Black Americans in some parts of the country will have to travel farther than their white counterparts to get vaccinated against COVID-19, a new white paper suggests, highlighting the importance of deploying mobile vaccination clinics to reach people facing transportation barriers.
Researchers from the University of Pittsburgh School of Pharmacy and West Health Policy Center mapped out locations where people would likely be able to receive a COVID-19 vaccine, including community pharmacies, hospital outpatient departments, federally qualified health centers and rural health clinics, and estimated driving distances for a synthetic-population sample of Americans to their closest facility.
In 69 counties, including 23 in urban areas, Black residents were at greater risk of having to drive farther than a mile to their nearest potential vaccination location, the study found. These counties, which accounted for about 26.3 million people in total, were most heavily concentrated in Georgia, Mississippi, Alabama, Louisiana, Texas and Virginia.
“My inference is that we know Black Americans have historically less resources [and] higher health disparities,” Lucas Berenbrok, an assistant professor at the Pitt School of Pharmacy and the study’s first author, told MarketWatch. “So it’s not so surprising that in some places, there are going to be more barriers for them. Driving distance is one of those.”
Black Americans, along with Latino and Native Americans, have also contracted COVID-19, been hospitalized with the disease and died from it at higher rates than white Americans, Centers for Disease Control and Prevention data show.
‘You’re just adding to the likelihood that someone would not be vaccinated.’
“The vaccine is very important for Black Americans to receive — and we need to make it easier for them to get it, not harder,” Berenbrok said.
The urban areas that showed disparities included the counties that cover Atlanta, Ga.; Dallas, Houston and Fort Worth, Texas; Detroit, Mich.; New Orleans, La., and New York City.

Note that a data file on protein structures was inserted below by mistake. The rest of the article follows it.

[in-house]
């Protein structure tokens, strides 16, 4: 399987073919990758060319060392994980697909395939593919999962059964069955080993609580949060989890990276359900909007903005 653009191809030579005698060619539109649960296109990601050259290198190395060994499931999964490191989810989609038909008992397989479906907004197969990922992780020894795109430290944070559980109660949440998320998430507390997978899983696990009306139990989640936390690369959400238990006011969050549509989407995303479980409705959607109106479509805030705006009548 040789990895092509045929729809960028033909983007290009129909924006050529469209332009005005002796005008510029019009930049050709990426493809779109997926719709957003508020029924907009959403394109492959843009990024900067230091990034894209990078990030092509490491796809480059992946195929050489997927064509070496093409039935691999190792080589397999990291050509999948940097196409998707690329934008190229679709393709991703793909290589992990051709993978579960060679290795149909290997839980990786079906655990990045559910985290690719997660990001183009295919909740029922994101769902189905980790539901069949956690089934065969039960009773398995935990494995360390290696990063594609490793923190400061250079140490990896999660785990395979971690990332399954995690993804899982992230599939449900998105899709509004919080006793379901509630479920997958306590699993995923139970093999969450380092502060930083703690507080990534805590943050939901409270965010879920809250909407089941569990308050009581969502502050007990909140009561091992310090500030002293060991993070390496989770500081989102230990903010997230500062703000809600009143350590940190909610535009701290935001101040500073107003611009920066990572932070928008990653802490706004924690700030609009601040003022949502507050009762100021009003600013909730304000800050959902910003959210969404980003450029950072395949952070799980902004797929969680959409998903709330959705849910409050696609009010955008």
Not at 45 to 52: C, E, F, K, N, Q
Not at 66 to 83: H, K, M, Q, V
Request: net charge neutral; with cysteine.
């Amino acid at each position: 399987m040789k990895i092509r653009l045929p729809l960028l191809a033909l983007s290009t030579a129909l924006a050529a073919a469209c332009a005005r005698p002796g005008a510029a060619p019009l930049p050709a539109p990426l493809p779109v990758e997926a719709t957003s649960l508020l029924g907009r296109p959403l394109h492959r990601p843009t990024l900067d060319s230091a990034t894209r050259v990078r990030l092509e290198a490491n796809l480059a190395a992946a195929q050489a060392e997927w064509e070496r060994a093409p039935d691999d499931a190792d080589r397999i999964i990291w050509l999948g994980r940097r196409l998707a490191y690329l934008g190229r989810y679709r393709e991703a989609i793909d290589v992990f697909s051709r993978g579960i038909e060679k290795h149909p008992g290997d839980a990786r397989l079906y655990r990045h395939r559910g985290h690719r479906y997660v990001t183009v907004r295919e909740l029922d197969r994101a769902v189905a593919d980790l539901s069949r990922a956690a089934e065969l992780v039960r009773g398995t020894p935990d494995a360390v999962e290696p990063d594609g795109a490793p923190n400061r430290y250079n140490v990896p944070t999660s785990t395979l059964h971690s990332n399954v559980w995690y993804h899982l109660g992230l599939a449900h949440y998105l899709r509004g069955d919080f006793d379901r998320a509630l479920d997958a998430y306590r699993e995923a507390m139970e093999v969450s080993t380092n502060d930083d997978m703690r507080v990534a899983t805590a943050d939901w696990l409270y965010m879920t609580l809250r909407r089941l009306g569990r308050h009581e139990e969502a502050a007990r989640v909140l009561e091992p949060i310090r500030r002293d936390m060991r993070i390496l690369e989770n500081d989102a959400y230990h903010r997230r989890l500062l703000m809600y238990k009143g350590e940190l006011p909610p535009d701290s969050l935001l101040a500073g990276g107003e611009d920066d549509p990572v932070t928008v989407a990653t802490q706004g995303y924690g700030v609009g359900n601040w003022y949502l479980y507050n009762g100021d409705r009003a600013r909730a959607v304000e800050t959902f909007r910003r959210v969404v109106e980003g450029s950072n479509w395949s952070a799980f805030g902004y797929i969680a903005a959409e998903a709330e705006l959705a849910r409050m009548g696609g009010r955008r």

Meanwhile, in 94 counties, Black residents were at a significantly higher risk for having to drive farther than 10 miles to their nearest facility, the study found.
A 10-mile driving distance may not be a big deal for someone who owns a car and can drive to a pharmacy parking lot — but a five-mile driving distance for a person of color, or even a white American without access to a car, could be onerous, Berenbrok said. Black households are less likely than other groups to have access to a vehicle, data show.
Public-health professionals are also working to address vaccine hesitancy in Black communities. Some of that hesitancy flows from mistrust of the medical establishment, the result of a history of medical racism and experimentation on people of color.
In a Kaiser Family Foundation survey conducted in January, Black adults (43%) were among the most likely groups to say they want to “wait and see” how the vaccine is working for other people, though that number was down from 52% a month earlier.
Black Americans’ vaccination concerns
Top concerns among Black people who haven’t yet been vaccinated include the unknown long-term side effects of the vaccines (86%), the potential for serious side effects (75%) and worries that the vaccines aren’t as safe as they are said to be (75%).
“When you layer on that extra barrier of distance and travel to getting a vaccine, on top of things that already prevent people from getting a vaccine, you’re just adding to the likelihood that someone would not be vaccinated,” Berenbrok said.
The researchers, who launched an open-access map tool in December to identify areas and populations that may have lower access to COVID-19 vaccines, suggested mobile-vaccination units and in-home vaccination services from community pharmacies could play a key role in reducing the transportation barrier.
President Biden’s COVID-19 vaccination plan does include a goal to “deploy mobile vaccination clinics in the most hard-to-reach communities and to support those who face challenges accessing vaccination sites, including individuals who live in underserved urban and rural areas.”
Given the wide geographic variation in access to vaccine locations at the county level, officials should pursue “a data-driven approach” to meet existing local infrastructures’ potential limitations, the paper said. “We really hope that authorities will use the data and the map to help reach people that they couldn’t before,” Berenbrok added.
Some early reports, including a Kaiser Health News analysis last month of data from 16 state health departments that reported vaccine recipients’ race and ethnicity, point to the share of vaccinated Black Americans being lower than the share of vaccinated white people.
A CDC report published in early February found that race and ethnicity data were “unknown or not reported” in almost half (48%) of people who received COVID-19 vaccines. Of the 52% whose race and ethnicity data were available, 60% were white, nearly 12% were Hispanic or Latino, 6% were Asian, 5% were Black and 2% were American Indian or Alaska Native (AI/AN).
These findings, the CDC said, “underscore the need for more complete reporting of race and ethnicity data at the provider and jurisdictional levels to ensure rapid detection of and response to potential disparities in COVID-19 vaccine administration.”
“Because persons who are Black, AI/AN, or Hispanic have been found to have more severe outcomes from COVID-19 than persons who are White, careful monitoring of vaccination by race/ethnicity is critical,” the report said.